All of which wouldn't be a problem if the Lakers could guard Chris Paul. But though Derek Fisher certainly has his issues with the point man, this wasn't all on him. 1994-era Gary Payton wasn't checking Chris Paul on Sunday, and CP3 got his fair share of killers off of impossible (and properly defended) long twos and stunning drives. Nothing was going to work. Which is why, sorry, I still think the Lakers should take this series.

It just won't be in four, as we suspected. Hell yes, amirite?


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Boston 87, New York 85

Doc Rivers was upset with his team's defense in the first half of this game, and he's right in that regard. Just as long as he was really, really upset with his team's offense in the first half.

I understand that working within a half-court stance after taking the ball out of the nets following a made shot is not the most effective stance for Boston's offense. Rivers is right to point out that the C's needed an easier push that should have started with the team closing out on shooters better. But, honestly, this was on Boston's offense. The Celtics allowed a nasty-good Knicks offense to only put up around 100 points per 100 possessions, and though New York may have rung up 51 points in the first half, the Boston offense was the issue, 'ere.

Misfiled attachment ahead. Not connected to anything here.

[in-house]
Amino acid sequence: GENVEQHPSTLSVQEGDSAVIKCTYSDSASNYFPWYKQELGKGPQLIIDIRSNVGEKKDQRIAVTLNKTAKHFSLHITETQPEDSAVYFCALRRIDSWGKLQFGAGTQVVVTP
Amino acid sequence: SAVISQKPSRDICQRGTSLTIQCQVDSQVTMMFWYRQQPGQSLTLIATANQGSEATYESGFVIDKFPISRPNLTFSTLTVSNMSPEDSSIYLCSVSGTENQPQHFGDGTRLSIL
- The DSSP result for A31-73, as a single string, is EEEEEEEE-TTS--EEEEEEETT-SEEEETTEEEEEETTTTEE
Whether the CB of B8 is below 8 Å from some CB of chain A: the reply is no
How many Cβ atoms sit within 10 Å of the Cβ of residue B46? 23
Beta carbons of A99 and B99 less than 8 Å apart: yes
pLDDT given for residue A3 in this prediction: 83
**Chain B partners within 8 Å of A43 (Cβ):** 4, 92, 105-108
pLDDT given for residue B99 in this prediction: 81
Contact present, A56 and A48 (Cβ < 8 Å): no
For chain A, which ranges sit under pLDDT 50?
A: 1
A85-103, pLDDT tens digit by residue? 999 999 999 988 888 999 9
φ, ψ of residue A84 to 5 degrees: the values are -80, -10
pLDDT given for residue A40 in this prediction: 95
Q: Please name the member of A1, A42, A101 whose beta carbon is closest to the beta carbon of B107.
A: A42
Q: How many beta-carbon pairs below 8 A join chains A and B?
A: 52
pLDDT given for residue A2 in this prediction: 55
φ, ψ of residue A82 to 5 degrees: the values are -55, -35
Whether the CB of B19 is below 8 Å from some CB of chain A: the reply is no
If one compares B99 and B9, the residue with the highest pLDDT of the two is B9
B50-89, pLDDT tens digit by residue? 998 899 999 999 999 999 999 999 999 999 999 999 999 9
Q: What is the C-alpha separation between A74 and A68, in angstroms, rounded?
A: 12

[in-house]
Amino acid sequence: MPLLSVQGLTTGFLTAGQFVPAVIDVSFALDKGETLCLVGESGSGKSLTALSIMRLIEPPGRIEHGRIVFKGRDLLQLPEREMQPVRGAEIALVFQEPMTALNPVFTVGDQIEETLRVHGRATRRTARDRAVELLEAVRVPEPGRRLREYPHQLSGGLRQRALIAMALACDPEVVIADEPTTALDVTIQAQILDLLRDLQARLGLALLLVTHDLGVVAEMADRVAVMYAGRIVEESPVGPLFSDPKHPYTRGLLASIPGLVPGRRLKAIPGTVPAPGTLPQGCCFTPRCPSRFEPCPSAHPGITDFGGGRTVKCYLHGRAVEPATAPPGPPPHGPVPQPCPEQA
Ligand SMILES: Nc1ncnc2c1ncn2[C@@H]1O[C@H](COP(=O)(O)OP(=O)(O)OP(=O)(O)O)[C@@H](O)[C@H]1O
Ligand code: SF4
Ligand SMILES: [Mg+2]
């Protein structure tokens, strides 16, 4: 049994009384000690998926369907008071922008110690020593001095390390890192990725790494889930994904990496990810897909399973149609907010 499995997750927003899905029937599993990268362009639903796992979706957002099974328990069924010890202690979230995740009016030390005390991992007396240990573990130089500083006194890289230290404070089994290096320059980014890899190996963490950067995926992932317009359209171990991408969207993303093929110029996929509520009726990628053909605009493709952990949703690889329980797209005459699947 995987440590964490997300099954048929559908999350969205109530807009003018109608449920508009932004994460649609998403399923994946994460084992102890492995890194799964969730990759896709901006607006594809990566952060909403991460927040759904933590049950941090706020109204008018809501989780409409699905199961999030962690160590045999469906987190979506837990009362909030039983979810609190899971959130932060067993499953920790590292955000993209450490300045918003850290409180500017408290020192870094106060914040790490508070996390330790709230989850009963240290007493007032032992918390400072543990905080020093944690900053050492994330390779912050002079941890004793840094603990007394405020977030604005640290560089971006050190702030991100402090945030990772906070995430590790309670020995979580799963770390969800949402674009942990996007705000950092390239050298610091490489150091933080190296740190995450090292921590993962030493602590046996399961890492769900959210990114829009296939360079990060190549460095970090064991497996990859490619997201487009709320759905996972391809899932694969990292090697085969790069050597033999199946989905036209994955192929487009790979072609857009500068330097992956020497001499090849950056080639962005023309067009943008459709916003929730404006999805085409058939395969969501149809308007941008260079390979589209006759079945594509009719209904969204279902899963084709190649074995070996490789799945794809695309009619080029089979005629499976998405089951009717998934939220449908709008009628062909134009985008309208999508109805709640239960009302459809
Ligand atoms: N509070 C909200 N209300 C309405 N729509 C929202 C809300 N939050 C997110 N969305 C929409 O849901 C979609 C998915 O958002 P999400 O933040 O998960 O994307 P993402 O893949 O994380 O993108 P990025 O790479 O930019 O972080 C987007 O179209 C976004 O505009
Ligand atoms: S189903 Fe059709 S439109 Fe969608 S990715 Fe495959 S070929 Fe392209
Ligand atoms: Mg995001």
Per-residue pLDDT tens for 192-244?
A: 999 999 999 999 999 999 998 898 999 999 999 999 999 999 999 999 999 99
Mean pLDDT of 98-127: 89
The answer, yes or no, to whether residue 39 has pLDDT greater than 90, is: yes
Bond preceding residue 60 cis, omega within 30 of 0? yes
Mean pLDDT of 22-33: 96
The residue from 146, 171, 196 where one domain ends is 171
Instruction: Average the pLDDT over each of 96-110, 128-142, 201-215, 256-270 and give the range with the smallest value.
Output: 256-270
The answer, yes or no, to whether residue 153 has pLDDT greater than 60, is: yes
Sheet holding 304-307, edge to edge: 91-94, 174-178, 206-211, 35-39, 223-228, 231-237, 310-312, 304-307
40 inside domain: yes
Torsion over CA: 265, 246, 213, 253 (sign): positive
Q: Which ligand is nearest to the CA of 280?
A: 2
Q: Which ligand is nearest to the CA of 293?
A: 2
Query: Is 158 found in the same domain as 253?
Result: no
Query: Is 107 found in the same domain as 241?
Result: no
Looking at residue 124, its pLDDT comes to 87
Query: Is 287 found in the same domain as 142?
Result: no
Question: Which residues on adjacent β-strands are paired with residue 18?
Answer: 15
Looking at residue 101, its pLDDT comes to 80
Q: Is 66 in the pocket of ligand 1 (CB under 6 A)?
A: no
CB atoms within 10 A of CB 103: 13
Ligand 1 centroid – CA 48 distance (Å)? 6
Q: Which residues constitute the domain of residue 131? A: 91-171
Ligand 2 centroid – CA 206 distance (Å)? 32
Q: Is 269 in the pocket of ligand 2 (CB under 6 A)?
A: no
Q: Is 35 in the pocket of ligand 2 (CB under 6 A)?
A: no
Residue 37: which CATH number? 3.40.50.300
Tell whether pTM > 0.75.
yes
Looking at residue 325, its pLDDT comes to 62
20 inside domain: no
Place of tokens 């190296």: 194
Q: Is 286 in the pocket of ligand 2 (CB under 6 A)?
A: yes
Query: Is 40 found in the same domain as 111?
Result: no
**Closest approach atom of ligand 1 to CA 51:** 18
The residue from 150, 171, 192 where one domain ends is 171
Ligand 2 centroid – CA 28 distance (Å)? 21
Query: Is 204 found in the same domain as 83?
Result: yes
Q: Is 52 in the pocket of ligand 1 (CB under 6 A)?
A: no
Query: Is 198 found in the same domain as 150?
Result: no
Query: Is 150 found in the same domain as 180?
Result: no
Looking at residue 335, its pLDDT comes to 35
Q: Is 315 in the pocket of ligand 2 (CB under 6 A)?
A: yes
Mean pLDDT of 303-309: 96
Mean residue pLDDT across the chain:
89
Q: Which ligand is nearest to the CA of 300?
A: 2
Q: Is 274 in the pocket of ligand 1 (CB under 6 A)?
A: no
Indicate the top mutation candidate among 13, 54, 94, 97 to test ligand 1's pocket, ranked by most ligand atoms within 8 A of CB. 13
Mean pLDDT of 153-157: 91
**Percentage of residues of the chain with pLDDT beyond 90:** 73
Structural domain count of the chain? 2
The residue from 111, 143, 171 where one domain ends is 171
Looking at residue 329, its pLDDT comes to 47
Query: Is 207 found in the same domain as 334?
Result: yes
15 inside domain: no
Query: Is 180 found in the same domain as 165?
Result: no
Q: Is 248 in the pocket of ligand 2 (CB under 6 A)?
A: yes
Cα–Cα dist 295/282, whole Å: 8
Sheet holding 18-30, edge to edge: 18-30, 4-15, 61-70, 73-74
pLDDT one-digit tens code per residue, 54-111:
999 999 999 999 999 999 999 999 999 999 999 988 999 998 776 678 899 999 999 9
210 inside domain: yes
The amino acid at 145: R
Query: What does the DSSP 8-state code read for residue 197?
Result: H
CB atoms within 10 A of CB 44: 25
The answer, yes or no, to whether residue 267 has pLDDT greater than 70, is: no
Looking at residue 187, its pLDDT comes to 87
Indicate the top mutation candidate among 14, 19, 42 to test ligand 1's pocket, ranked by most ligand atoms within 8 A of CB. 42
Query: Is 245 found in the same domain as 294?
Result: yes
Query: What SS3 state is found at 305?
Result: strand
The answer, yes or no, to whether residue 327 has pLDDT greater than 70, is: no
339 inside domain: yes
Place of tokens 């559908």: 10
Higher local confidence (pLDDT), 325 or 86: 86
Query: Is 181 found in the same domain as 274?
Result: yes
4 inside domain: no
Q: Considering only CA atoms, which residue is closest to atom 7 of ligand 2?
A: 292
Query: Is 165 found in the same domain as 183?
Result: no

Remember the talk from last winter, about how the Celtics (with Shaquille O'Neal in the fold) were starting five possible Hall of Famers? It makes you wonder about how great Rajon Rondo could have been had he not retired last February. Bummer.

New York? Well, Carmelo Anthony took terrible shots. Not just to end the game, and I'm not saying they all missed the mark (some, strangely, went in). He just has a thing going that says, "3-pointer? Of course. It's time." And he's usually wrong, with that particular thing. Fifteen points, 5-18 shooting, 2-8 from long range for Anthony; and one of those 3-point makes was a terrible shot early in the shot clock with CA hoping to get fouled.

Which is a bummer, because Amar'e Stoudemire was clearly on it. Twenty-eight points, 11 boards, 12-18 shooting, and to these eyes the Celtics didn't exactly go out of their way to take the man out of the game late in the fourth quarter. I understand that big men are notoriously hard to feed late in games, and that Kevin Garnett is still an active participant on the Boston roster, but there was no excuse for ignoring a player who had continually left us with drool dangling for the first 3 1/2 quarters. Gross, I know, but did you see this game? Stoudemire was astonishing. There's no other word to use, amongst polite company.

Good win for Boston. I suspect it gets better for them for here on out.